For Immediate Release: 8/13/2021
Border Field State Parks Celebrates 50th Anniversary
Launches new podcast series and self-guided tour app
Contact: Anne Marie Tipton I Education Coordinator I (619) 681-4626
California State Parks is commemorating the 50th anniversary of Border Field State Park with events on Monument Mesa and at the park entrance from 1 to 4 p.m. on Saturday, Aug. 21, 2021. In partnership with park partners, the department will host a series of interpretive booths throughout the park including the launch of a new podcast series and an app with a self-guided tour about the stories from the first people of this area, the Kumeyaay.
Border Field State Park is part of the Tijuana River Estuary, a rich biological area where the river meets the sea, and where two countries come together. California voters approved money for Border Field's acquisition as a state park in a 1964 Bond Act.In 1971, President Richard Nixon announced that Border Field would be developed for recreational use as part of his Legacy of Parks Program. Three hundred seventy-two acres became part of Border Field State Park.On Aug. 18, 1971, First Lady Patricia Nixon visited to dedicate California's new state park. The first Border Monument #258 is viewed from Monument Mesa.
“Congratulations to Border Field State Park on its 50th anniversary,” said California State Parks Director Armando Quintero. “Home to the Kumeyaay and our neighbor, Mexico, this region has provided opportunities for families, friends and communities to connect domestically and internationally for hundreds of years. State Parks is proud to be the caretaker of this special place.”
The 50th anniversary celebration is sponsored by the California State Parks Foundation, Parks California and other valued donors. Other partners include the Friends of San Diego Wildlife Refuges and Gray Bears (retired rangers and lifeguards).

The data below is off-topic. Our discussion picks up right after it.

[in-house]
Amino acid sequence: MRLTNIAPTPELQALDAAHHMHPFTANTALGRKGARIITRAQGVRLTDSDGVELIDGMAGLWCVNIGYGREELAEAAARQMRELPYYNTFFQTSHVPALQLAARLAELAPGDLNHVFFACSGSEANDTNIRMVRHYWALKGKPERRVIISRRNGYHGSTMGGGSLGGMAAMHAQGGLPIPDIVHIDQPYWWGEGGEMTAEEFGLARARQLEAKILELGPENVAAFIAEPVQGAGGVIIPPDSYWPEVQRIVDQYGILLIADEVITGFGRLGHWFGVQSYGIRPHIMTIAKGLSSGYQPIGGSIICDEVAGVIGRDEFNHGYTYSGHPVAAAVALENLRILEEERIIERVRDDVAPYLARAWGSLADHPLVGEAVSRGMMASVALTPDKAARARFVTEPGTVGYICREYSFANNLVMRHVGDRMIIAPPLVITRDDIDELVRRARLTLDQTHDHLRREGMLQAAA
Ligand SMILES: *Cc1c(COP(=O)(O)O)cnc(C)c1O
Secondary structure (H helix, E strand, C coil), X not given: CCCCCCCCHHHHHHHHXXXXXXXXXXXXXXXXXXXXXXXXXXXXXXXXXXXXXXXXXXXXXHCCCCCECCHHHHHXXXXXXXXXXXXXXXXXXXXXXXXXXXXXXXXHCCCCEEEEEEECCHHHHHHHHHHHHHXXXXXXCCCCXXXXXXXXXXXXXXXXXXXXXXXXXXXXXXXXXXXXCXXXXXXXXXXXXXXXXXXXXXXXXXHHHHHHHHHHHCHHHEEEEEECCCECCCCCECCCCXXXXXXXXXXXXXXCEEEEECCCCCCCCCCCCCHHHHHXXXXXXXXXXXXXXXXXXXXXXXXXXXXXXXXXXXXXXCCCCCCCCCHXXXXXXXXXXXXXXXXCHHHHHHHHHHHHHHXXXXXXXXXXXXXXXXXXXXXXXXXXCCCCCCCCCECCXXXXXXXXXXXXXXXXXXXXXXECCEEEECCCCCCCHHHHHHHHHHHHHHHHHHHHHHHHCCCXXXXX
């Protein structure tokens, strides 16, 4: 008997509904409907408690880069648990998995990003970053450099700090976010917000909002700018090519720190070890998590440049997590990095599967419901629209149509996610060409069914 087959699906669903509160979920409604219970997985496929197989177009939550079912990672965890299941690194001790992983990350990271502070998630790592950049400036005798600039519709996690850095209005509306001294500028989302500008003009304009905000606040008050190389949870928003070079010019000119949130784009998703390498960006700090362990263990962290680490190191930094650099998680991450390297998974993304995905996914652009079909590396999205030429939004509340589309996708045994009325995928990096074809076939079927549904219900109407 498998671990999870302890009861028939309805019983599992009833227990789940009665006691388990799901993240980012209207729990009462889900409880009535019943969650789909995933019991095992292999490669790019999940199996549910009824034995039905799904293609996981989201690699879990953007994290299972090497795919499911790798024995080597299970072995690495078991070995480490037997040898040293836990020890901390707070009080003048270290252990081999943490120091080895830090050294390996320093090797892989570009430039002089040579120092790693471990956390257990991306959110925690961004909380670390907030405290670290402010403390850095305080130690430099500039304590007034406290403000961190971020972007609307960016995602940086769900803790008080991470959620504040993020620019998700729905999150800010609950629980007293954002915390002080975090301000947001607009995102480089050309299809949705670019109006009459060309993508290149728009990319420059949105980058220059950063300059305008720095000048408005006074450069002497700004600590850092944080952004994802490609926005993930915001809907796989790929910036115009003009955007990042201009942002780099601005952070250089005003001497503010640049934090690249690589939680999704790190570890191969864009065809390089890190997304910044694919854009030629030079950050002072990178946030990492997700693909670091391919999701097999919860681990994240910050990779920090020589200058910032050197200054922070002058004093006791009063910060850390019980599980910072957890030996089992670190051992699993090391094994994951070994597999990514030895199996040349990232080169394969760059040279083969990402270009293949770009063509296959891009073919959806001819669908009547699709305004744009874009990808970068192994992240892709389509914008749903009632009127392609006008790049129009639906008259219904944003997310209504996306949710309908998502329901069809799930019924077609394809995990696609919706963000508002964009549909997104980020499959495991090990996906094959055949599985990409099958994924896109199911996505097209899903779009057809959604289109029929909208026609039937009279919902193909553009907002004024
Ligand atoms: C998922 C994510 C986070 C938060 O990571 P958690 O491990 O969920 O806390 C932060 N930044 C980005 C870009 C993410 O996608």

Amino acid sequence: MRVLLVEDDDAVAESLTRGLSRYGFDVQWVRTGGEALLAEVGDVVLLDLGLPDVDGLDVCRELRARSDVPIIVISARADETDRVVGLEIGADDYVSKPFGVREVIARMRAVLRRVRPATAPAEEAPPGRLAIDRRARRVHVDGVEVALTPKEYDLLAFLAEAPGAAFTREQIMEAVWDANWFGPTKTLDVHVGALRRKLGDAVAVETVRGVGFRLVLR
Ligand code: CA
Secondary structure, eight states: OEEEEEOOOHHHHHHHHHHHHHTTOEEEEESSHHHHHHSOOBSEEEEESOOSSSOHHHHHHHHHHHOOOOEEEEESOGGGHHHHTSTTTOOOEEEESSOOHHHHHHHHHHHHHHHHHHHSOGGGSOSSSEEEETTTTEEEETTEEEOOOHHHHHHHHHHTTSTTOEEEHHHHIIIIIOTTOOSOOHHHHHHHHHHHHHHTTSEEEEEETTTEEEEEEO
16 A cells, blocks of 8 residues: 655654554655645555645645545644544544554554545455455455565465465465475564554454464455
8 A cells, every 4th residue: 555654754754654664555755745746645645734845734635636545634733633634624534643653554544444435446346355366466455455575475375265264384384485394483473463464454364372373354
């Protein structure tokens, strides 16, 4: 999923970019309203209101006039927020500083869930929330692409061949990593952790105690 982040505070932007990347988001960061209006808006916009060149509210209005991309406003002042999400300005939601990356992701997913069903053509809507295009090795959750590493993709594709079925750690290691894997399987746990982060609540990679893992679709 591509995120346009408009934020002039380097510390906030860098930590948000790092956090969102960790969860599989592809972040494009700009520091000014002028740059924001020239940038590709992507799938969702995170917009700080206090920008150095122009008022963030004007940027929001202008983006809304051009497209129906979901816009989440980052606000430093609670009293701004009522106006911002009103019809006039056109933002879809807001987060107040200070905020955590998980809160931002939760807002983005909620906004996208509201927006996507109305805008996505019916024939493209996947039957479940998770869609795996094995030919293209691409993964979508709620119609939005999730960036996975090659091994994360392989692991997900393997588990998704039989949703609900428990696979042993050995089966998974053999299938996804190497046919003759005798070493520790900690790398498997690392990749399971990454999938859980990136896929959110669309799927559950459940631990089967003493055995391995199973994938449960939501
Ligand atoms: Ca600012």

Below is a breakdown of the 50th anniversary celebratory activities:
- 1 - 4 p.m. Interpretive booths at both the entrance and on Monument Mesa with Tijuana Estuary Research Reserve scientists, Kumeyaay, Gray Bears, park neighbors, and park sponsors. Launch of a new digital exhibit on scientists and geographers working across borders and Kumeyaay land use practices.
- 1:55 p.m. Live stream on Facebook: Tijuana River NERR and California State Parks
- 2 p.m. Kumeyaay Invocation with Stan Rodriguez
- 2:15 p.m. California State Parks Director Armando Quintero message
- 2:25 p.m. Imperial Beach Mayor Serge Dedina
Border Field State Parkprovides restrooms, picnic areas, barbecues, horse corrals, interpretive displays, and scenic views across the beach and estuary. Visitors enjoy hiking, horseback riding, photography, and bird watching along the 1.5 mile stretch of beach and inland trails. The Treaty of Guadalupe Hidalgo was concluded on February 2, 1848, officially ending the U.S./Mexico War. In 1850, delegations from both countries began surveying the boundary at this location. Border Monument number 258 can be viewed from Monument Mesa. There is no close access because it is now behind two border fences. Base End Stations (bunkers), which were left from World War II, can be seen from nearby trails.
The Tijuana River Estuary is a rich biological area where the river meets the sea, and where two countries come together. The Tijuana River Estuary is located on the U.S. side of the border and represents only 1/4 of the total watershed, with the remainder located in Mexico, from Tecate in the east to Tijuana in the west.
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California State Parks provides for the health, inspiration and education of the people of California by helping to preserve the state’s extraordinary biological diversity, protecting its most valued natural and cultural resources, and creating opportunities for high quality outdoor recreation.